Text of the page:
Review of the Meyer-Sternberg vs Shermer-Prothero debate

UPDATE: The audio is here.

This review was e-mailed to me by a friend who attended the debate. I’ve posted it anonymously below.

Recall that two pieces of evidence were up for debate on Monday night: 1) the origin of life and 2) the origin of diverse body plans. The ID advocates had to argue that only intelligent causes can account for new biological information in the origin of life and in the origin of diverse body plans. The naturalists had to argue that there was a naturalistic explanation for both of the origin of life and the origin of diverse body plans. So how did they do?

My friend wrote:

In all fairness, Shermer and Prothero were given an impossible task: to defend the spontaneous generation of life and the sufficiency of neo-Darwinian mechanisms to account for its diversity and disparity.

It is no wonder that Shermer avoided the issue. Having said nothing positive about neo-Darwinian mechanisms, he said all there was to say. What was surprising was Dr, Prothero’s smokescreen of irrelevant and/or obsolete high school textbook arguments that were presented as timeless truths in a changing world of science. Their emotionally charged presentation gave the audience all the evidence it needed to conclude that their arguments were being driven by something other than empirical data.

Discussion of the empirical data would have to wait for Dr. Sternberg who gave a compelling argument against the sufficiency of neo-Darwinian mechanisms to even account for a limited number of evolutionary changes within mammals. Using one of the best series of evolutionary change known to paleontologists (wolf-like mammal to whale) Dr. Sternberg enumerated a substantial list of differences between the beginning and ending species in the series and went on to explain why neo-Darwinian mechanisms did not have sufficient time in the 9 million year window to generate the necessary changes. His presentation alone was worth the price of admission.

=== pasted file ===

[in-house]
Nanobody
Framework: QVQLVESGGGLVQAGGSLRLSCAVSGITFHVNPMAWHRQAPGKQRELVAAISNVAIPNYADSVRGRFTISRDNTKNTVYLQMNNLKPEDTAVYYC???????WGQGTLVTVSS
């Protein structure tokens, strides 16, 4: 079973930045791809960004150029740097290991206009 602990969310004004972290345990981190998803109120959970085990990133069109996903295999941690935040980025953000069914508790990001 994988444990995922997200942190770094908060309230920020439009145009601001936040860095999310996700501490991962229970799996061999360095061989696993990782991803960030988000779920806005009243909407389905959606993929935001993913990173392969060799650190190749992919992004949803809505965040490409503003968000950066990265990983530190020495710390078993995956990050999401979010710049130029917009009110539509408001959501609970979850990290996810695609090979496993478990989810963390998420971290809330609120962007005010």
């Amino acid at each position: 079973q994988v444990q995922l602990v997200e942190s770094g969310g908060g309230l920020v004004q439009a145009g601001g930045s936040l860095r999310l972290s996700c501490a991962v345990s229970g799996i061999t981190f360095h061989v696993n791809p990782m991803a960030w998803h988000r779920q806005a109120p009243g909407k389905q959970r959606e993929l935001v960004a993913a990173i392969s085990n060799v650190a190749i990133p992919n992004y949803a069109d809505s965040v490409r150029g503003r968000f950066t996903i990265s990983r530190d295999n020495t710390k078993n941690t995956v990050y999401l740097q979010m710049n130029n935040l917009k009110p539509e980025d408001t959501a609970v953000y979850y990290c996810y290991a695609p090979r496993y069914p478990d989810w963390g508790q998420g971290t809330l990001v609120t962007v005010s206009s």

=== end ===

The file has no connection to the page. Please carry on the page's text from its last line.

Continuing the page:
Dr. Sternberg identified himself as a “structuralist” rather than an ID advocate. While he will have to unpack the meaning and implications of that view, I would encourage him to enrich our understanding of why nature’s structures (e.g. everything from DNA replication systems to animal body plans) have remained fundamentally unchanged since their first appearance. Stasis and conservation are purely natural and are subject to the natural sciences. Their evolution or sudden appearance in the history of life, on the other hand, may or may not have been natural.

“How many times did God intervene?” was a question asked repeatedly by Michael Shermer. The simple answer is “at least once …  when he created everything in the physical universe.” After 1 rather major miracle is there any reason for rejecting the possibility that subsequent minor miracles did not take place?

“Who created God?” was another one of his favorites. The simple answer to this one is that “either the physical universe or its non-physical creator has always existed .. and it’s not the universe.

The “textbook” examples of evolution used by Prothero were things like the Miller-Urey experiment, where they sparked the wrong gasses to make amino acids, but did nothing to solve the problem of how the amino acids can be chirality-filtered, properly-sequenced, and peptide-bonded into a functional biological sequence. Not to even mention things like the sugar chirality or the interfering cross-reactions or ultraviolet radiation, etc. etc. etc.

I think that if these naturalists cannot understand the difference between an intelligent cause and a miracle, then they shouldn’t be debating. Maybe Shemer and Prothero need to read books written by their opponents. Shermer thinks science is a game you play where you aren’t really after the truth but just trying to explain things without God. So, he has no explanation for things like the big bang or the fine-tuning, for example, and probably tries very hard not to think about it. As for the origin of life and the origin of biological diversity, he had no explanation.

One bad thing about Meyer and Sternberg is that their slides were very hard to read – small print.

I’ll let you know if I get any more reviews of the debate. I’m also watching to see when the video comes out.

You can see other debates with Meyer and Shermer:

These two men have met several times before, most recently at Freedomfest in Las Vegas in 2008 (click here for video)… and appeared together on Lee Strobel’s Faith Under Fire program (video here).

2 thoughts on “Review of the Meyer-Sternberg vs Shermer-Prothero debate”

  1. It’s really too bad Shermer didn’t take more advantage of the information presented by Meyer (and even Sternberg), who would have graciously discussed it. What better way to discuss the existence of God than on Shermer’s own turf?


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